1 small red onion, thinly sliced
1 head green or red leaf lettuce, rough chopped
1 tsp - 1 T finely chopped garlic (to taste)
1/2 c olive oil
1/4 c balsamic vinegar
s/p to taste

about 6 cups of cubed bread. I recommend a nice dense loaf. I usually use a whole grain peasant boule', which sounds fancy but I can get it at Stop & Shop. Day old bread works best. If you have time to plan ahead, cube the bread in the morning, leave it out on a cookie sheet or your cutting board or what-have-you, and let it dry out. This dish was born out of a need to use up day old bread so think untoasted crouton.

How I did it:

It's a salad, so it's not real hard to figure this one out. I like to toss everything but the bread and lettuce together and let it sit and marinate a little while I cook the rest of the meal. (This can, however, be a nice meal on it's own - especially in the summer when it's too hot & gross to cook.) Then you can toss in the bread cubes about 5 minutes before serving. It is a style choice of whether or not you toss in the lettuce. I like to, but it also looks real pretty sitting in a bed of greens.

*Most often used for inspiration & recipes: Food Network, Real Simple, The Crockpot Lady

I only read Real Simple for the recipes, I swear.

I do read other magazines, visit other blogs, and have a f-ton of cookbooks...but if I just want to hurry up and figure it out and be done with it, those are my favorite three.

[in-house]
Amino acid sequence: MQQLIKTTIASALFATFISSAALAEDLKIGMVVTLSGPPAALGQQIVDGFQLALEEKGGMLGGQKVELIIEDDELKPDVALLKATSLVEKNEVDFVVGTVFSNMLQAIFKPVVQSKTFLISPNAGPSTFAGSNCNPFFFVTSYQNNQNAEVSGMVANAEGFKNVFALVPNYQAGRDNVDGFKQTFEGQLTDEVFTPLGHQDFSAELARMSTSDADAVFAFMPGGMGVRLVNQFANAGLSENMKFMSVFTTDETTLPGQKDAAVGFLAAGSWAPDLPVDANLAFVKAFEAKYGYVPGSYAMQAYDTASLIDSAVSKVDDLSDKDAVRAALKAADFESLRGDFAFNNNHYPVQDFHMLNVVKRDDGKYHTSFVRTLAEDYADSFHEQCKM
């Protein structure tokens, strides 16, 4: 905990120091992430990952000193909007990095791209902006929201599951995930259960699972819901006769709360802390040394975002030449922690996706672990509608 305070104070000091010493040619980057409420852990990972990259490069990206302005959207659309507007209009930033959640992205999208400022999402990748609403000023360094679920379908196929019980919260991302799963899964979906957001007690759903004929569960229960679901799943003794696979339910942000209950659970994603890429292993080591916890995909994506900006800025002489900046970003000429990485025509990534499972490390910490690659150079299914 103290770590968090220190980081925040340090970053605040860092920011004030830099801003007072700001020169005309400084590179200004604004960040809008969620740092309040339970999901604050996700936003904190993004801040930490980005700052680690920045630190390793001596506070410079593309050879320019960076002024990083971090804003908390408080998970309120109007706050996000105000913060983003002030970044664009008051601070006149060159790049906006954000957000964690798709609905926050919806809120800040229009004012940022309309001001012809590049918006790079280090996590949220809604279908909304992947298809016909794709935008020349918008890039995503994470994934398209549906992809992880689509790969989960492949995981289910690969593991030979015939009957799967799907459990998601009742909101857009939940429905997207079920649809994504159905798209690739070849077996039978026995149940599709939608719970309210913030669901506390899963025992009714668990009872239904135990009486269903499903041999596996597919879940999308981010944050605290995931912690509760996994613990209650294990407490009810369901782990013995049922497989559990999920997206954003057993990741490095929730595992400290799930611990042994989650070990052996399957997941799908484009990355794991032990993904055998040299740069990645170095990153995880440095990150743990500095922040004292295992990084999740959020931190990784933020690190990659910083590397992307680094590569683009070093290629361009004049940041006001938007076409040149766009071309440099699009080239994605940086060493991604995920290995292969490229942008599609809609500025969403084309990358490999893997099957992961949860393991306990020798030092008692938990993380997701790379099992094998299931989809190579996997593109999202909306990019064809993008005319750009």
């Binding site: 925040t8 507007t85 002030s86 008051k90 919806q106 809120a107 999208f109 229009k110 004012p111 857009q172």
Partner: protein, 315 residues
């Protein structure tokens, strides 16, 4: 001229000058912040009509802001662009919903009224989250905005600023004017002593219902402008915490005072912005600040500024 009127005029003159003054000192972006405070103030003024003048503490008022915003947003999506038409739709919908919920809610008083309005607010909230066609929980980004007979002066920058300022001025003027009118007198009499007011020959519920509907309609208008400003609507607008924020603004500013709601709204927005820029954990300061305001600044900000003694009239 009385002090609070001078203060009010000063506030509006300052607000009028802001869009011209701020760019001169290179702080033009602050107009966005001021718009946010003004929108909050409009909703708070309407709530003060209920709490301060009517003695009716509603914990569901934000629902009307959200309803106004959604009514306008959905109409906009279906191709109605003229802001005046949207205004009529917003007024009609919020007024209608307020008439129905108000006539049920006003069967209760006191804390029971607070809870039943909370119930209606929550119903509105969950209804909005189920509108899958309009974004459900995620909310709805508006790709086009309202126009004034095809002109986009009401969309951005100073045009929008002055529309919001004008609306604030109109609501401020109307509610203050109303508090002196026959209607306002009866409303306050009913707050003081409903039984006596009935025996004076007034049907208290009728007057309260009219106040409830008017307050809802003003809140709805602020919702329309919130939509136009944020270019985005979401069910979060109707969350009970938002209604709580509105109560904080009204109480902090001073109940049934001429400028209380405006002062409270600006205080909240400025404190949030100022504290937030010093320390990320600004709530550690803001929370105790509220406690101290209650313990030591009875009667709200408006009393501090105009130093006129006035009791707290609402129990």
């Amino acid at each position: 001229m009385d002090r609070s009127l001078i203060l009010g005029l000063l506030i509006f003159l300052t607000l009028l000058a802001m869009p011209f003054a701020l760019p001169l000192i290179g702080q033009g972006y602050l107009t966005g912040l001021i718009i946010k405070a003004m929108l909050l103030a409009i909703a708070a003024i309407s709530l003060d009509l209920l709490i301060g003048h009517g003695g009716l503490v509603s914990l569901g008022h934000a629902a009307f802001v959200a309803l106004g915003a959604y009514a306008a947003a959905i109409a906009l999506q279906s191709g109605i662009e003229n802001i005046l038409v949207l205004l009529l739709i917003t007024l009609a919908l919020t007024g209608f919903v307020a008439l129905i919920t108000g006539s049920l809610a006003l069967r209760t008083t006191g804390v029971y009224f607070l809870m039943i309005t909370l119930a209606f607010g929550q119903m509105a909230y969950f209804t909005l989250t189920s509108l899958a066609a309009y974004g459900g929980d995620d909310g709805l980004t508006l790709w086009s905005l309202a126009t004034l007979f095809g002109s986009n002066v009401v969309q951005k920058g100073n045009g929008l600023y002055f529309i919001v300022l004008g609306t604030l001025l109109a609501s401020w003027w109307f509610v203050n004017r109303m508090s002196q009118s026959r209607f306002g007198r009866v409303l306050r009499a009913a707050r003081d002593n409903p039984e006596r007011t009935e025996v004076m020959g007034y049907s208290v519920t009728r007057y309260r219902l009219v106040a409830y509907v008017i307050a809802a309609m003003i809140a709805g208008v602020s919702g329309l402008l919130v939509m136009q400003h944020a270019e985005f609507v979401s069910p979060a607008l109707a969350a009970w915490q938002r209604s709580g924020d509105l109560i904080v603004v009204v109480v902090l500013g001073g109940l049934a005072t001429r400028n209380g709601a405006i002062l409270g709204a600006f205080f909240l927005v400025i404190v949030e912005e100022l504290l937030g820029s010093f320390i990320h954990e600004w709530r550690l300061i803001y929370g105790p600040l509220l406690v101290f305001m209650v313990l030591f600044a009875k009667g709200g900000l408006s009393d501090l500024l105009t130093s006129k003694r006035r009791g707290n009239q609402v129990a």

Monday, September 28, 2009

Chillin' With Chilaquiles

The weather was gross yesterday, the kind of New England fall rain that sucks all ambition and energy out of you and leaves you a soggy brain dead heap huddled under a blanket on the couch, staring soullessly at the TV. I've been so busy lately that I didn't even put up a fight. I ran some laundry, cooked some stuff, and my friend Kaliis and I drank wine and caught up on a bunch of shows. It was glorious.

I made Chilaquiles-Style Chicken and Rice & Goat Cheese Stuffed Acorn Squash. Kaliis contributed delicious and seasonal apple crisp, and my daughter Eliza baked 3 Hour Cookies.

(3 Hour Cookies are just like chocolate chip cookies, but it takes Eliza 3 hours to make them because she keeps getting distracted. Teens, man. Teens.)

I did not think to take pictures of dinner, this time. I promise that I will for future posts.

The Chilaquiles-Style Chicken is based on a recipe from the October 2009 issue of Food & Wine. I tend to look at recipes, retain the basic info, chuck it aside and start thinking bout how to change it. (It's never that the original recipe isn't good, I just have Ideas.) It was really easy, it tasted delicious, and my boyfriend did a little dance he liked it so much. Here's the recipe;


family-sized package of chicken thighs (about 8 or 9 thighs)
ground cumin